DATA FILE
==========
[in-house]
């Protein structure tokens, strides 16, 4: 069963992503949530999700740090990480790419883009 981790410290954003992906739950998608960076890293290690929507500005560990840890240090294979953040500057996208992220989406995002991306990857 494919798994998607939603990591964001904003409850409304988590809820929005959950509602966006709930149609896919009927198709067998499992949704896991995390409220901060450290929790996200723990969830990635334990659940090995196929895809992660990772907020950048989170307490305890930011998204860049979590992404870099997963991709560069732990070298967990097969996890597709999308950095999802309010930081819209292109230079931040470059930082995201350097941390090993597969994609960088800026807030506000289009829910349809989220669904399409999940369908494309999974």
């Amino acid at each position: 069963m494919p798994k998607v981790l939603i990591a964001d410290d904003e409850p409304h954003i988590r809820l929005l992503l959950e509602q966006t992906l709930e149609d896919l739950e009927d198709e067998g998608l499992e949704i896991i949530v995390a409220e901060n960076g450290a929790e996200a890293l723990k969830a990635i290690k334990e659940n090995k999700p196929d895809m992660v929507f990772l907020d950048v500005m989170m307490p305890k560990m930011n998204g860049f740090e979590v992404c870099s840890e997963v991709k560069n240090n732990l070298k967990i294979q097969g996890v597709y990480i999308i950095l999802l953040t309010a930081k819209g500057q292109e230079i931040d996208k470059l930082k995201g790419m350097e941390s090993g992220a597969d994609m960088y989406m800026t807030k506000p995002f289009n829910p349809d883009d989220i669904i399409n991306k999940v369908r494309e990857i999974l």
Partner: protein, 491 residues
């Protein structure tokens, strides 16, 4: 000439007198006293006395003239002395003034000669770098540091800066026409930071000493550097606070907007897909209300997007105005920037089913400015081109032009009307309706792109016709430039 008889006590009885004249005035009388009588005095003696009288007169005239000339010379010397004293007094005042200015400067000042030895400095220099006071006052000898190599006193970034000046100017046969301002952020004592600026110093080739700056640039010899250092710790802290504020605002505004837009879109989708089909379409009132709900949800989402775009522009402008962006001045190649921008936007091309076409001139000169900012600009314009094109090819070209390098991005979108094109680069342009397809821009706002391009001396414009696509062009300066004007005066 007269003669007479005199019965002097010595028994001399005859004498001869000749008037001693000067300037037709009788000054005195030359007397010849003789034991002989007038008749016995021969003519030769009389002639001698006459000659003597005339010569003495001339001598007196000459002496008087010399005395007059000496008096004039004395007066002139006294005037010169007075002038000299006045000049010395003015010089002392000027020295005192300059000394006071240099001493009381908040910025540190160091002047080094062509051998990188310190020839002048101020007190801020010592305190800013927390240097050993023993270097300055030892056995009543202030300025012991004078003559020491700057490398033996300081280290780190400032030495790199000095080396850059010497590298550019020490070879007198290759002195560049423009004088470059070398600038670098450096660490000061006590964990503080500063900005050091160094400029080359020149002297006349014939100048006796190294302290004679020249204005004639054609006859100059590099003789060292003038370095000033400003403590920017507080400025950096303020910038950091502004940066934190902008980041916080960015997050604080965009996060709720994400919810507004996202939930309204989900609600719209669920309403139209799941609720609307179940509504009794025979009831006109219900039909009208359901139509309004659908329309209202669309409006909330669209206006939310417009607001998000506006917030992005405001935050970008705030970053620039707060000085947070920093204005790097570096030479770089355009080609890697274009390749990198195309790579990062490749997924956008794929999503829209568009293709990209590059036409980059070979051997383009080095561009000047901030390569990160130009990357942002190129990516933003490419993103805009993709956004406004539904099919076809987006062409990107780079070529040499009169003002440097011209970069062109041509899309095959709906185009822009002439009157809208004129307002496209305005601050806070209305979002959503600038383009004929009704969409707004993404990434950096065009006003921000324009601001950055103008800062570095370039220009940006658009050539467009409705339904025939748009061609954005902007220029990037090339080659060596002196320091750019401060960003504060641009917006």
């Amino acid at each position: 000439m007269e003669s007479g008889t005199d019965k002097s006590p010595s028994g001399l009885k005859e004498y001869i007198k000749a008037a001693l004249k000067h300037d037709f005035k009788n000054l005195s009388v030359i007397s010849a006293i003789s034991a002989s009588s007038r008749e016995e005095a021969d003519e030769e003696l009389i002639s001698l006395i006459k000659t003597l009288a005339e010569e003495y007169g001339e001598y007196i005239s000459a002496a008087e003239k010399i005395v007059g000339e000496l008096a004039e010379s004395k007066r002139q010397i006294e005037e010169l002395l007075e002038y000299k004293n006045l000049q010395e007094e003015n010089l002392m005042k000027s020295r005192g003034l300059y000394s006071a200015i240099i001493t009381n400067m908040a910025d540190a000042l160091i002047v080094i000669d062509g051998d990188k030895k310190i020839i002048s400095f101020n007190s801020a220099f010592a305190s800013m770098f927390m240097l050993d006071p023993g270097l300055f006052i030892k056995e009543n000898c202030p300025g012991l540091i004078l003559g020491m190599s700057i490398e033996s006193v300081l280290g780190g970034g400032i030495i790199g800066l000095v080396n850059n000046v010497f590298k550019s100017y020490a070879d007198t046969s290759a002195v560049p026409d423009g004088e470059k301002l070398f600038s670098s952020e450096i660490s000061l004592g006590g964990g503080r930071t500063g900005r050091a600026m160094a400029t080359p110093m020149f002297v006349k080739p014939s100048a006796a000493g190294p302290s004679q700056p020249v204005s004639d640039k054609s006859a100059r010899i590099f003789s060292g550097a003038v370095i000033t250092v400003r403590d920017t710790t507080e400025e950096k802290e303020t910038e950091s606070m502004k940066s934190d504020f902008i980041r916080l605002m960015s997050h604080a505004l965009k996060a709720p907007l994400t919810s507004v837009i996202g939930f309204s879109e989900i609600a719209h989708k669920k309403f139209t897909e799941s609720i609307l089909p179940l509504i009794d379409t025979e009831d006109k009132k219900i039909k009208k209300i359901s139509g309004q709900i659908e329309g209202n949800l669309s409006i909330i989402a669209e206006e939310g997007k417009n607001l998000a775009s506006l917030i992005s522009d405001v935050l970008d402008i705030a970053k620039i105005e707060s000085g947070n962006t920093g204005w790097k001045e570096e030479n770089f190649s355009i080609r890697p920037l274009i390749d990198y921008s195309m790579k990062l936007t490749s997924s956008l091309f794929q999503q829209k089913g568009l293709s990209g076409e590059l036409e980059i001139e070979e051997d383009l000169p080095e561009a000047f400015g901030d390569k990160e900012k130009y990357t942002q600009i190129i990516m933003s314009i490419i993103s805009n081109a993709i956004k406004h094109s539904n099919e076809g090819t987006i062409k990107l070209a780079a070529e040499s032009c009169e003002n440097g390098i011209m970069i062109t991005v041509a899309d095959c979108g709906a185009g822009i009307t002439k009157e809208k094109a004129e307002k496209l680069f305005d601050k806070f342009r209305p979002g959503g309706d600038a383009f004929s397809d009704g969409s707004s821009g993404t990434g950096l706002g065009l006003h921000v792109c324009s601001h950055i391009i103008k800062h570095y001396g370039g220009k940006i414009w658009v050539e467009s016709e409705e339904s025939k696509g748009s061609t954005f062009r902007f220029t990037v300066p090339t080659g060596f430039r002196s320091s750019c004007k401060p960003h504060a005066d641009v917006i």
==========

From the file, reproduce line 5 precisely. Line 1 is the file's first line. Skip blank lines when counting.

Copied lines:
């Protein structure tokens, strides 16, 4: 000439007198006293006395003239002395003034000669770098540091800066026409930071000493550097606070907007897909209300997007105005920037089913400015081109032009009307309706792109016709430039 008889006590009885004249005035009388009588005095003696009288007169005239000339010379010397004293007094005042200015400067000042030895400095220099006071006052000898190599006193970034000046100017046969301002952020004592600026110093080739700056640039010899250092710790802290504020605002505004837009879109989708089909379409009132709900949800989402775009522009402008962006001045190649921008936007091309076409001139000169900012600009314009094109090819070209390098991005979108094109680069342009397809821009706002391009001396414009696509062009300066004007005066 007269003669007479005199019965002097010595028994001399005859004498001869000749008037001693000067300037037709009788000054005195030359007397010849003789034991002989007038008749016995021969003519030769009389002639001698006459000659003597005339010569003495001339001598007196000459002496008087010399005395007059000496008096004039004395007066002139006294005037010169007075002038000299006045000049010395003015010089002392000027020295005192300059000394006071240099001493009381908040910025540190160091002047080094062509051998990188310190020839002048101020007190801020010592305190800013927390240097050993023993270097300055030892056995009543202030300025012991004078003559020491700057490398033996300081280290780190400032030495790199000095080396850059010497590298550019020490070879007198290759002195560049423009004088470059070398600038670098450096660490000061006590964990503080500063900005050091160094400029080359020149002297006349014939100048006796190294302290004679020249204005004639054609006859100059590099003789060292003038370095000033400003403590920017507080400025950096303020910038950091502004940066934190902008980041916080960015997050604080965009996060709720994400919810507004996202939930309204989900609600719209669920309403139209799941609720609307179940509504009794025979009831006109219900039909009208359901139509309004659908329309209202669309409006909330669209206006939310417009607001998000506006917030992005405001935050970008705030970053620039707060000085947070920093204005790097570096030479770089355009080609890697274009390749990198195309790579990062490749997924956008794929999503829209568009293709990209590059036409980059070979051997383009080095561009000047901030390569990160130009990357942002190129990516933003490419993103805009993709956004406004539904099919076809987006062409990107780079070529040499009169003002440097011209970069062109041509899309095959709906185009822009002439009157809208004129307002496209305005601050806070209305979002959503600038383009004929009704969409707004993404990434950096065009006003921000324009601001950055103008800062570095370039220009940006658009050539467009409705339904025939748009061609954005902007220029990037090339080659060596002196320091750019401060960003504060641009917006």